Behind the line of scrimmage? Check. No receiver in the area? Check. Under ten seconds to play? Check. I still think this should've been called intentional grounding with a ten second runoff to end the game. Mike Pereria on Twitter claims that grounding was not called on this play because of the tuck rule. Pfft. What a joke.
- Overtime Fumble With Miles Austin: This one stings too.
Austin catches the ball at the 24 yard line.
Austin takes two full steps, and is half way into his third step, covering three-four yards of distance, when Sheldon Brown punches the ball out. I am frustrated that the officials blow this play dead immediately when they know they can review it after the fact! The whistle doesn't even blow until Cleveland starts picking up the ball too. If they let the play stand as called, reviewed it, and then said, "OK, by our rulebook, this was an incomplete pass," I wouldn't be so frustrated. Don't kill it right off the bat.
- Snap Counts on Offense & Defense: If you missed them, here are the links to our Week 8 snap count trackers for offense (link) and defense (link). On offense, all six receivers were active and saw some reps. On defense, S Tashaun Gipson played the majority of the snaps at safety, and the defensive tackles saw a healthy rotation.
- Special Teams Tackles: The Browns had two special teams tackles -- one each from WR Joshua Cribbs and CB Johnson Bademosi. There weren't many tackles needed because Phil Dawson had a bunch of touchbacks.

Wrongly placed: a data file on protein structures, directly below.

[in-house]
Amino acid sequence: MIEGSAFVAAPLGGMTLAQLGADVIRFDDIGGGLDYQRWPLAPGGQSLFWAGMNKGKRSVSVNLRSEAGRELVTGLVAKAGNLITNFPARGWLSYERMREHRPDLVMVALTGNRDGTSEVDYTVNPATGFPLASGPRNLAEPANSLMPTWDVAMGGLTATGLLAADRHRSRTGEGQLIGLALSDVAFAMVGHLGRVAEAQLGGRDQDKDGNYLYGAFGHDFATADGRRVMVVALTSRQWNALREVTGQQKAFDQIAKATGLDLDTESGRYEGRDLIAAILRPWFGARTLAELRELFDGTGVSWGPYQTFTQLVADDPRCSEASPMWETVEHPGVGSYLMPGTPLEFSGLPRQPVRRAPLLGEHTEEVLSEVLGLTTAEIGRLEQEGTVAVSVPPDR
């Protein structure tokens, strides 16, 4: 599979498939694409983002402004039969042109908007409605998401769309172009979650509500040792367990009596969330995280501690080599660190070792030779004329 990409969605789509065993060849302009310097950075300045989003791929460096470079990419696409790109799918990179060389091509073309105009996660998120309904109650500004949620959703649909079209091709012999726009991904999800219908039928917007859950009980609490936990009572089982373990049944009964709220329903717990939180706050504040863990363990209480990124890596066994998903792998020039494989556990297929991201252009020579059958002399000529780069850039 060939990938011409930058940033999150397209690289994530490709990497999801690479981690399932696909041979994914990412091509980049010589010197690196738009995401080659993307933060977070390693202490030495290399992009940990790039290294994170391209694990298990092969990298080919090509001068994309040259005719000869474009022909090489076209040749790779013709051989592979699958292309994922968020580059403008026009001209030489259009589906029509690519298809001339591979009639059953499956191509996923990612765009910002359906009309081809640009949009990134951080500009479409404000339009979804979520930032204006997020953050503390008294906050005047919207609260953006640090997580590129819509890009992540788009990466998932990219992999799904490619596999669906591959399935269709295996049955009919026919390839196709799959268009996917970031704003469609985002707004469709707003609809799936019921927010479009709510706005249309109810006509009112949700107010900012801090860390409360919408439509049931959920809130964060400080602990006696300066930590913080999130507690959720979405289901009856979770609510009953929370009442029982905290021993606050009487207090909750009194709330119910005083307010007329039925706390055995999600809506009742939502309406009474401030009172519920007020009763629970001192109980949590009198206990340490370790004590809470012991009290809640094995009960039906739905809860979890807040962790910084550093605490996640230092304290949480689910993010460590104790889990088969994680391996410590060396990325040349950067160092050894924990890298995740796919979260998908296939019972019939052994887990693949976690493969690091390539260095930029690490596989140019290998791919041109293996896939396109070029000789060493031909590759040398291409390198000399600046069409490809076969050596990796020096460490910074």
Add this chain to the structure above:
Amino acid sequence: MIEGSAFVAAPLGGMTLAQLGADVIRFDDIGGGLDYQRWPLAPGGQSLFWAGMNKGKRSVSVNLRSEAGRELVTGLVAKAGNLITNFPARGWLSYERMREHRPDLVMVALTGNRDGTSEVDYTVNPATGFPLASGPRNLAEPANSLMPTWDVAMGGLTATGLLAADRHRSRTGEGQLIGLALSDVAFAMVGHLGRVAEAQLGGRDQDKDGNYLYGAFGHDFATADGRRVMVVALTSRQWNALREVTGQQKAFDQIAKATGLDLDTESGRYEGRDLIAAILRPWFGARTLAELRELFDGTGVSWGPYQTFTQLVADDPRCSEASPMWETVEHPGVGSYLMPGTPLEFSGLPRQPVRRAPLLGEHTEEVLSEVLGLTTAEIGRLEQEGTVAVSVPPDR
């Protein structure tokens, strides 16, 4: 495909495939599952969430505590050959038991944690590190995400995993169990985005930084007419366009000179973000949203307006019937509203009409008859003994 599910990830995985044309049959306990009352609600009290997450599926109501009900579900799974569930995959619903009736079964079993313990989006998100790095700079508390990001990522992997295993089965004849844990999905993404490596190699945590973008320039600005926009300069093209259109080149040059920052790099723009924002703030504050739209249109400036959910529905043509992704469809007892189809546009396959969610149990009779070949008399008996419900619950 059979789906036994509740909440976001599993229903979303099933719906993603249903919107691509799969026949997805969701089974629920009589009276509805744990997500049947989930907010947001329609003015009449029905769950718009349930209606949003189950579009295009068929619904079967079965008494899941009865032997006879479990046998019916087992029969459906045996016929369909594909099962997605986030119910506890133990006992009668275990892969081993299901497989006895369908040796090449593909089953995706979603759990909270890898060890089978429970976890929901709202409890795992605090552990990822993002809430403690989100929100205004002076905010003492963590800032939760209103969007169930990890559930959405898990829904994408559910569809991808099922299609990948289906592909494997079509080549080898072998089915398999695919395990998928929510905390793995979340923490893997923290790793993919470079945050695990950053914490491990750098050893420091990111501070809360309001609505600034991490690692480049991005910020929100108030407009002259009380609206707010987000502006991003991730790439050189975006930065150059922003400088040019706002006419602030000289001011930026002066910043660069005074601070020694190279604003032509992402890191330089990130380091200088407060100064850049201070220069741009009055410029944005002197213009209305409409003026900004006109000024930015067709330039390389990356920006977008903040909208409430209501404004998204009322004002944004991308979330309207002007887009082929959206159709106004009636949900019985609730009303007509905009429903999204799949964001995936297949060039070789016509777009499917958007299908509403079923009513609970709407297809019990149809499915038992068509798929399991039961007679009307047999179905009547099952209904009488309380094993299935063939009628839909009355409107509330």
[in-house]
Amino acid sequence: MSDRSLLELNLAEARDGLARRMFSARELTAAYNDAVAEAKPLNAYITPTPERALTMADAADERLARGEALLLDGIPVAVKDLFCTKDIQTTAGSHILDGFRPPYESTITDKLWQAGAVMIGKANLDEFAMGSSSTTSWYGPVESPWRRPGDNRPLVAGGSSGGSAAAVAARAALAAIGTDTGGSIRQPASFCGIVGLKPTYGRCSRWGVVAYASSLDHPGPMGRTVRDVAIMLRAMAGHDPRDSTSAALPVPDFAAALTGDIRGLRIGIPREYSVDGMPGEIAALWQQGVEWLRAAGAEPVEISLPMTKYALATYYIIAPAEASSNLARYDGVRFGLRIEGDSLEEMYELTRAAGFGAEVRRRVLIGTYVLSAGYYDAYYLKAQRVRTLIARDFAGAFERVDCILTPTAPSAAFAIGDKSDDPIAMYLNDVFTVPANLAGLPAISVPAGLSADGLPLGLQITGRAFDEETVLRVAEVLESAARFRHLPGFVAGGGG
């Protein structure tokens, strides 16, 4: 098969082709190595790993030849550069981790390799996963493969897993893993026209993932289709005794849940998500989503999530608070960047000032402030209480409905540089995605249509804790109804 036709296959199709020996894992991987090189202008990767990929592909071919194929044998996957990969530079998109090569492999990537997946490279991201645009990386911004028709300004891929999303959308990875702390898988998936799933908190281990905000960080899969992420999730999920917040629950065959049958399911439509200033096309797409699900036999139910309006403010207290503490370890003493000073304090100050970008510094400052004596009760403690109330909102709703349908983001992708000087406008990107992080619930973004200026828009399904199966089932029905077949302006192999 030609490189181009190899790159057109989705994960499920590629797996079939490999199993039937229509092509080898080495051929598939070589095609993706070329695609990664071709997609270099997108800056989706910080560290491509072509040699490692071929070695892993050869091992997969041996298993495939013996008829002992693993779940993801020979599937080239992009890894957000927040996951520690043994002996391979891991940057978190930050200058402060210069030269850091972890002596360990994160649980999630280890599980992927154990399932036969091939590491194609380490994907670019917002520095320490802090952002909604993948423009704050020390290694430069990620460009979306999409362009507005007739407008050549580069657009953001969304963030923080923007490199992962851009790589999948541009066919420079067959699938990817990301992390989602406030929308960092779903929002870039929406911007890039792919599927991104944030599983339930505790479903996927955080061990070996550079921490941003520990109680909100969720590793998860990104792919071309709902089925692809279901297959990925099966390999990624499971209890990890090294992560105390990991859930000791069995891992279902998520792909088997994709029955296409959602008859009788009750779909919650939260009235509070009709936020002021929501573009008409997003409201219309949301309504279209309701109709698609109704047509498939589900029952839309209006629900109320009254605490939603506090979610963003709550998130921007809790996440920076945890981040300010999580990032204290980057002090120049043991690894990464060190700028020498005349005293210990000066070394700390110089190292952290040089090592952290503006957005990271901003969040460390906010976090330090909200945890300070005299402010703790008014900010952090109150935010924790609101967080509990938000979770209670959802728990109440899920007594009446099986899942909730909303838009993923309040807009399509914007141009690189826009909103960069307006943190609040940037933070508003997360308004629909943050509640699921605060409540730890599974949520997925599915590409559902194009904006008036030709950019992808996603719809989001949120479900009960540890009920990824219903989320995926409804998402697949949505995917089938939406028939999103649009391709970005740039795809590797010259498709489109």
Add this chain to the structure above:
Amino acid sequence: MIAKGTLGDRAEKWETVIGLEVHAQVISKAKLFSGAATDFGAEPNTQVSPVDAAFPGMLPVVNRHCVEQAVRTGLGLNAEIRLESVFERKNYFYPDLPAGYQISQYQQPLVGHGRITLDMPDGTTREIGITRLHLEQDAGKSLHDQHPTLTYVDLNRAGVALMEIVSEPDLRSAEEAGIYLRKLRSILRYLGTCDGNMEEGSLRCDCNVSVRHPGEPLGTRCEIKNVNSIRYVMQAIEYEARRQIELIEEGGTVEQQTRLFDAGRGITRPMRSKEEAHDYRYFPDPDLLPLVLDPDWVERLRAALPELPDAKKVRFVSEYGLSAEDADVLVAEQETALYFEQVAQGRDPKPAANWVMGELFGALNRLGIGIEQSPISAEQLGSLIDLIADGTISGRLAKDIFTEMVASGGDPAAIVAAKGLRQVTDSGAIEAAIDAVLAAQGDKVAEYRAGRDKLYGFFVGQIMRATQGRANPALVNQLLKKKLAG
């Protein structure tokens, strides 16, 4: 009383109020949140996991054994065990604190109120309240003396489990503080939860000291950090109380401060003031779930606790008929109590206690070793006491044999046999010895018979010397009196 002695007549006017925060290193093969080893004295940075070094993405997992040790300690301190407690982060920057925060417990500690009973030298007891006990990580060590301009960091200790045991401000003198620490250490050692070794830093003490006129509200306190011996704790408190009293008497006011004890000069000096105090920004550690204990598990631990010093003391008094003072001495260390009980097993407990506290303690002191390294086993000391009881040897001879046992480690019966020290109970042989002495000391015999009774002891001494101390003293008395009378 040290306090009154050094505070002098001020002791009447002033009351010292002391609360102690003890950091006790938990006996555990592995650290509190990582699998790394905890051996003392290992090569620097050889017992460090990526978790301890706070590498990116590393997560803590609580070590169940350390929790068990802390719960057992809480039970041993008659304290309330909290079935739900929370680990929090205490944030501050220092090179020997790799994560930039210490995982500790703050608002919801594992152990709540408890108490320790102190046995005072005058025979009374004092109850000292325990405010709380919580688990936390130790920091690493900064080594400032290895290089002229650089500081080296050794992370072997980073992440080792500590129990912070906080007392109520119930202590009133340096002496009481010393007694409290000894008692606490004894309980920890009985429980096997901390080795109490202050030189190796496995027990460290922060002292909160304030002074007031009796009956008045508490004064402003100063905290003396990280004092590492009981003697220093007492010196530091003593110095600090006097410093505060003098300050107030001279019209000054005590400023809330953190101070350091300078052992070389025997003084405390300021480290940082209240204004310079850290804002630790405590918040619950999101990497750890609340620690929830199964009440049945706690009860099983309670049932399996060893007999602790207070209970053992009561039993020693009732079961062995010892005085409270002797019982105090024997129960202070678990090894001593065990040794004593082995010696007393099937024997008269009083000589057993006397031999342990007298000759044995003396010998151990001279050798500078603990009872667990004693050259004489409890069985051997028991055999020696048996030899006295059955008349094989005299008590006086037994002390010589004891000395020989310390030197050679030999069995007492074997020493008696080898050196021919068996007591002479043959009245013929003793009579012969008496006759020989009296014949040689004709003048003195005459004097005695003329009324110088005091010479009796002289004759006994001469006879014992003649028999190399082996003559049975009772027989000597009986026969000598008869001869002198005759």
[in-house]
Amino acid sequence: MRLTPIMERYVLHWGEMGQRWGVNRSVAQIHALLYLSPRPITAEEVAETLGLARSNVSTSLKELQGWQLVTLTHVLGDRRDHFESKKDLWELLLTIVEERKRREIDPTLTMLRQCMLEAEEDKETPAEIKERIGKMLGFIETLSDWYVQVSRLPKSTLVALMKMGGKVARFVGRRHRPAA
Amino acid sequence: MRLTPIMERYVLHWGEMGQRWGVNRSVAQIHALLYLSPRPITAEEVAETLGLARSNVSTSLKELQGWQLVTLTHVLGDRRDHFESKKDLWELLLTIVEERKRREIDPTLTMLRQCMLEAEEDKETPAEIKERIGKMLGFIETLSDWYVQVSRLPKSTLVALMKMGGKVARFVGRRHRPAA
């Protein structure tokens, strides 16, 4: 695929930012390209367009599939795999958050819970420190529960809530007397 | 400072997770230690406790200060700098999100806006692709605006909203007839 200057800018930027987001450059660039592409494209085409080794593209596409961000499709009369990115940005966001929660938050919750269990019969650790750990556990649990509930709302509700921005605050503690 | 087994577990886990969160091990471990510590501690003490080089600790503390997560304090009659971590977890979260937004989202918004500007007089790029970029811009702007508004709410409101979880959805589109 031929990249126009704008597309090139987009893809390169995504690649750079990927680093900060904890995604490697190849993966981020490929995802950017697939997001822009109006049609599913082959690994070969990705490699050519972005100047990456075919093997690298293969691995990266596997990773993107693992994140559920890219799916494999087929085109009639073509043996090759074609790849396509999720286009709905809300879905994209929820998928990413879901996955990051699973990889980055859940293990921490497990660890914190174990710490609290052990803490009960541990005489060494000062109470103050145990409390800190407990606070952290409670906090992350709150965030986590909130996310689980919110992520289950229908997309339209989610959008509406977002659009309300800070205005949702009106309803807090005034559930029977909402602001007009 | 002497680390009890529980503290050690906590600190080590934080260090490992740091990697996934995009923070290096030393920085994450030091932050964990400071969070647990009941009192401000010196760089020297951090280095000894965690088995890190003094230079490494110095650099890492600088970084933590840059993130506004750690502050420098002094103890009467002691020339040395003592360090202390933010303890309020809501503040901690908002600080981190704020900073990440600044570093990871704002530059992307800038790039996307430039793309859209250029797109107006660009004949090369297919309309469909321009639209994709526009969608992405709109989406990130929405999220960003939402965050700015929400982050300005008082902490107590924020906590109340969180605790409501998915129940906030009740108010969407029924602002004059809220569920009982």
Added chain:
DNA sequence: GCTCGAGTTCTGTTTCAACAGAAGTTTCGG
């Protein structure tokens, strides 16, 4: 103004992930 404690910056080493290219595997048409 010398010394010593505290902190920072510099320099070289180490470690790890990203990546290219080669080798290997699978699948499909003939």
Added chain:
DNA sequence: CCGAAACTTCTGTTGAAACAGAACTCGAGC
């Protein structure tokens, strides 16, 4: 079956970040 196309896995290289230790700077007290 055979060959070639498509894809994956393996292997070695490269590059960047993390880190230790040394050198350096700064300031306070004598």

- Brownies: I got carried away in this review because I wanted to cover a lot of stuff. ... I was disappointed in Joshua Cribbs looking so dejected after every play he was involved in. ... Credit to CB Johnson Bademosi for a pass breakup in overtime in his first defensive snaps of the regular season. ... The Browns converted two early 3rd-and-1's, including a fullback handoff to Chris Ogbonnaya. ... I did agree with the horse collar penalty called on Joshua Cribbs, because I think the defender reached under the collar first, had his hand slip, and then latched onto his hair. ... The Browns' cornerbacks have to at least try to be more aggressive and confident without Joe Haden. ... I hate the penalty on T.J. Ward, but it is something they call pretty universally around the league to protect receivers. ... I liked seeing a fade, but it just needs to be executed better.
Up next, the Browns take on a banged up Pittsburgh Steelers team. After all of these close losses, it would certainly heal some wounds if Cleveland could beat our arch rivals, right?